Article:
6. stressbunny

    stressbunny Guest

    Again, thanks for the posts. It is therapeutic to post and feel less alone in all of this. Obviously, I'm not alone at all. I think I already know deep down that I need to detach for my own sake, especially. I go through most days without looking forward to much, due to my constant preoccupation with our kids. Tonight, at a track meet we went to for our nephew, our younger difficult child became unbelievably obstinate and unreasonable, ruining any chance of enjoying anything. At the end of the day, hubby and I are generally crabby and exhausted. We have nothing left to give one another. Then we get up the next day and do it all over again. People ask what we're doing this summer (as in vacations, trips, fun things), and I just ache inside knowing that our "fun" is simply getting through a day without a meltdown. We don't take trips or even sleep in - ever. It just isn't possible for us. How do parents of special needs kids make it through all of this intact? I'm not Super Woman.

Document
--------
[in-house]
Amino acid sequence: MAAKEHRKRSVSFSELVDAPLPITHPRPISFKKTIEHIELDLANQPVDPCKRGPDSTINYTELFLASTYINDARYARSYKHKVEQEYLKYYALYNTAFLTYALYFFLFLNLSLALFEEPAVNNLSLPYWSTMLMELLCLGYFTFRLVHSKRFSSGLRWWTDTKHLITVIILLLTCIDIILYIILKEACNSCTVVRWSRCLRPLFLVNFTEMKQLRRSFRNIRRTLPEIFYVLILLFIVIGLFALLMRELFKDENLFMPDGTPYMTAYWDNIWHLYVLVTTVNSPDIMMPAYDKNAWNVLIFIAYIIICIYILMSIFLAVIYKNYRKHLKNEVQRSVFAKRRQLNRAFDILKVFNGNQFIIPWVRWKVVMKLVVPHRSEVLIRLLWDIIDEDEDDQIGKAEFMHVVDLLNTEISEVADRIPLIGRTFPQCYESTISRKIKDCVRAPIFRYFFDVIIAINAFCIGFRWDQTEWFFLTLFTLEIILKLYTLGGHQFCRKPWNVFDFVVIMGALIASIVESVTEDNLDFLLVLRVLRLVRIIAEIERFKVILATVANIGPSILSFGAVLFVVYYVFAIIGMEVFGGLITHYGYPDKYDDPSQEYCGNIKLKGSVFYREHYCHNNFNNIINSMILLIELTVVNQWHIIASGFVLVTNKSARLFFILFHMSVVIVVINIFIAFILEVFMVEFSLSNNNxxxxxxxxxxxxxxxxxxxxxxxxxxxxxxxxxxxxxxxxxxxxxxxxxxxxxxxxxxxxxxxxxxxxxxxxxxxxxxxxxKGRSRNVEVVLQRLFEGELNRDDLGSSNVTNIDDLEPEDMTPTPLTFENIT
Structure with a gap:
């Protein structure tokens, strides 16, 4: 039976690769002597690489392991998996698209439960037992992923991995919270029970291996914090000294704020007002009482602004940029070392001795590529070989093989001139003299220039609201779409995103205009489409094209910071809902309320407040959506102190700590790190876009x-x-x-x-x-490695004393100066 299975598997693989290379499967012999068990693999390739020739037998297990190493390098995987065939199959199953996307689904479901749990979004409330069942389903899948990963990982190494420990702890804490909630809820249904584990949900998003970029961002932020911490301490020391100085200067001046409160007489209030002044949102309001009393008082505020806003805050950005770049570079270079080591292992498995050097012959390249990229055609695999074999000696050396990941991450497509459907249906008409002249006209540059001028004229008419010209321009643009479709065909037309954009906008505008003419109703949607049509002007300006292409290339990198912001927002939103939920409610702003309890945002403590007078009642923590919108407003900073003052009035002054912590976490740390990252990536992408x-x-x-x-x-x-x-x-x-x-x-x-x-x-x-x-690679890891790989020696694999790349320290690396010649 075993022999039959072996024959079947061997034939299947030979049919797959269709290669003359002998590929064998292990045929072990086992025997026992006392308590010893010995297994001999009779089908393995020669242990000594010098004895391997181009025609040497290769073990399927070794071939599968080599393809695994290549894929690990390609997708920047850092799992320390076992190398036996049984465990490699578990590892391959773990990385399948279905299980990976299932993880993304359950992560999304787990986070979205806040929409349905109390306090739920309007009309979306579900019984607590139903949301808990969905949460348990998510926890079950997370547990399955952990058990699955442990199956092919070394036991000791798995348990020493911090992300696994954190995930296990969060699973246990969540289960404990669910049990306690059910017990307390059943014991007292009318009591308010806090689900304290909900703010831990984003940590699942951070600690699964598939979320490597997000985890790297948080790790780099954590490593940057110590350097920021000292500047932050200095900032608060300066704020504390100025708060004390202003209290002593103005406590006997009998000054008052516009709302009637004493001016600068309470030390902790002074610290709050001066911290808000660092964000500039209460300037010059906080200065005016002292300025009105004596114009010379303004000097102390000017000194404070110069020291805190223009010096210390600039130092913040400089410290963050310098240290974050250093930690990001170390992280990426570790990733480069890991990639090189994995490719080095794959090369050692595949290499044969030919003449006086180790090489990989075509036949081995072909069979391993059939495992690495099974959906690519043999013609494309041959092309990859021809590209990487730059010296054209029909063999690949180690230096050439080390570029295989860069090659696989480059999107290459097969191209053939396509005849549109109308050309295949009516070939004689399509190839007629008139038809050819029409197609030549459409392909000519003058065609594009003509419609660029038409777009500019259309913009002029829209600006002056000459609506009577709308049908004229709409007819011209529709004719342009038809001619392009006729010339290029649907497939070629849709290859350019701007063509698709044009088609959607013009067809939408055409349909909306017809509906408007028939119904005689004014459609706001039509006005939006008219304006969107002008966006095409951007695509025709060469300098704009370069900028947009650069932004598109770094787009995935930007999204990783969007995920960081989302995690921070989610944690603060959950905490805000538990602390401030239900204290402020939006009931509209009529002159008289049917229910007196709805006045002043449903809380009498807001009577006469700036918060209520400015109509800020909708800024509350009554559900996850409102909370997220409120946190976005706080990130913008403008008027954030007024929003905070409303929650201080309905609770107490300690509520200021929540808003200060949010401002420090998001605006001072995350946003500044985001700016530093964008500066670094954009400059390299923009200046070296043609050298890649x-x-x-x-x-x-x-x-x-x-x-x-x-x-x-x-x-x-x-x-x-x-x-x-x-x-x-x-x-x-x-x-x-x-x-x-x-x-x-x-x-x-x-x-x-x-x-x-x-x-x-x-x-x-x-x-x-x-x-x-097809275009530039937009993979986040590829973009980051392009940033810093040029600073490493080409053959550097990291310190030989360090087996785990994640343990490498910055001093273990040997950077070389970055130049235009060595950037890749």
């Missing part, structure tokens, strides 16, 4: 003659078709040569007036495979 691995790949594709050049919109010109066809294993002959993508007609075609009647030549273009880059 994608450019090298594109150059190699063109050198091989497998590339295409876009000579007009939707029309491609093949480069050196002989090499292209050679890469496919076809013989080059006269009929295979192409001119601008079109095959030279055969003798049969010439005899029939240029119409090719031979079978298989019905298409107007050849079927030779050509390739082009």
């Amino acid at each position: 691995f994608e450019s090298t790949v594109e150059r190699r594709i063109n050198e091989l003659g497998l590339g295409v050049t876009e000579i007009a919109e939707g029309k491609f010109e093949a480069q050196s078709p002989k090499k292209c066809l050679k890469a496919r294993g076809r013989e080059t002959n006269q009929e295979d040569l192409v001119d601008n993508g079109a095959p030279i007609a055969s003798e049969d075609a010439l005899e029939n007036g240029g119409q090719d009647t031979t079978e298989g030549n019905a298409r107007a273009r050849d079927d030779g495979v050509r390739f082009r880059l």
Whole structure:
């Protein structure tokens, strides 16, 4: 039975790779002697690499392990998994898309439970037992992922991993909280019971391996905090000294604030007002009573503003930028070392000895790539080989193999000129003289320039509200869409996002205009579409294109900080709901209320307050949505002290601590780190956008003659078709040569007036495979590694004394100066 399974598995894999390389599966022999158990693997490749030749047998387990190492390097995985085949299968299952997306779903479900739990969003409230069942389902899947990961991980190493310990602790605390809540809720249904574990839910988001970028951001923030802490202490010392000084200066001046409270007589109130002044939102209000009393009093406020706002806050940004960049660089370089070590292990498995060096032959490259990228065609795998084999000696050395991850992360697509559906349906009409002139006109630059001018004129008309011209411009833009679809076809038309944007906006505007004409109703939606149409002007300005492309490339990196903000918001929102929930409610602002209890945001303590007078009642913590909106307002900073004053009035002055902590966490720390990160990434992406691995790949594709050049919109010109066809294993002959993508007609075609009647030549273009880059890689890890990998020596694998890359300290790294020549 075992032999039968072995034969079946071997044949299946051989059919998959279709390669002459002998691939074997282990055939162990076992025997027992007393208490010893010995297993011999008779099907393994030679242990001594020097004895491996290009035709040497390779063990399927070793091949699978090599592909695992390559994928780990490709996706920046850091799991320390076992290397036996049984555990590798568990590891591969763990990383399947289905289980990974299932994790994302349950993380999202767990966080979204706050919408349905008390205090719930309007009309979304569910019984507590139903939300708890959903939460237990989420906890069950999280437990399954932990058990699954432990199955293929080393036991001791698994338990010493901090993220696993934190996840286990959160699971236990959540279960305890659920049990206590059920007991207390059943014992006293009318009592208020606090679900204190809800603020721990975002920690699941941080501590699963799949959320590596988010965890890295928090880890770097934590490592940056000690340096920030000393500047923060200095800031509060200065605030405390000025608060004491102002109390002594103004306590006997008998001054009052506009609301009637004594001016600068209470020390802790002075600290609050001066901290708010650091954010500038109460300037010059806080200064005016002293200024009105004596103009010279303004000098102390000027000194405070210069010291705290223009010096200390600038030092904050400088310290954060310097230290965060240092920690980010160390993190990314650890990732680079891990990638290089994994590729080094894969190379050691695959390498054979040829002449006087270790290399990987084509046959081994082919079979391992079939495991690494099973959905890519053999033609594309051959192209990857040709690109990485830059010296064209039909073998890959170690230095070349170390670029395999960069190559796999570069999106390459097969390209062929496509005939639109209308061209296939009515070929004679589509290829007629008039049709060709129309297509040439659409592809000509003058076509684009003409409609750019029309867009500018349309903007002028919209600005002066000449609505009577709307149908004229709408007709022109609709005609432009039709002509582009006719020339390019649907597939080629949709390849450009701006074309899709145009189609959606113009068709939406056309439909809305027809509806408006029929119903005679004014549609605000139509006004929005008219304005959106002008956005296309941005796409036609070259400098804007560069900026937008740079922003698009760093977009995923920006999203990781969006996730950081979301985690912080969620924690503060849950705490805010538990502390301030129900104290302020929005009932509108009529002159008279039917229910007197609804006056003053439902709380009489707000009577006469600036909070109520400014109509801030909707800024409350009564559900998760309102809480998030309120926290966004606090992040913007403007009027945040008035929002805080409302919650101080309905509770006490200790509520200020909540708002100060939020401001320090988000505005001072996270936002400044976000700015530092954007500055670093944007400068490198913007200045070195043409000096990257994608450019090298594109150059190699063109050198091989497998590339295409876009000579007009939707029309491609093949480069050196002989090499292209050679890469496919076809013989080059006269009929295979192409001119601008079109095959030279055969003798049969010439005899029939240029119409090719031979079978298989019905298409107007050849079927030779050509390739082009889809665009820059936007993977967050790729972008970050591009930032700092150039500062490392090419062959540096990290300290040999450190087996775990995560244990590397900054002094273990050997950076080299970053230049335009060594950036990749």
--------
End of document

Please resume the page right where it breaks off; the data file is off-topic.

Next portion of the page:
I don't know what comorbid disorders our older difficult child may have. He does have narrow interests, however, he has a witty sense of humor, and does not have many of the other autism/asperger symtpoms. Maybe ADHD is a spectrum of its own. I notice many of the same traits in other kids with ADHD and oppositional behavior.

    I am going to work on detachment. I know it won't be easy, but it's necessary. I do hope JT makes better choices about his studies going forward, but I need to prepare in case he does not. I think he's borderline - could go either way.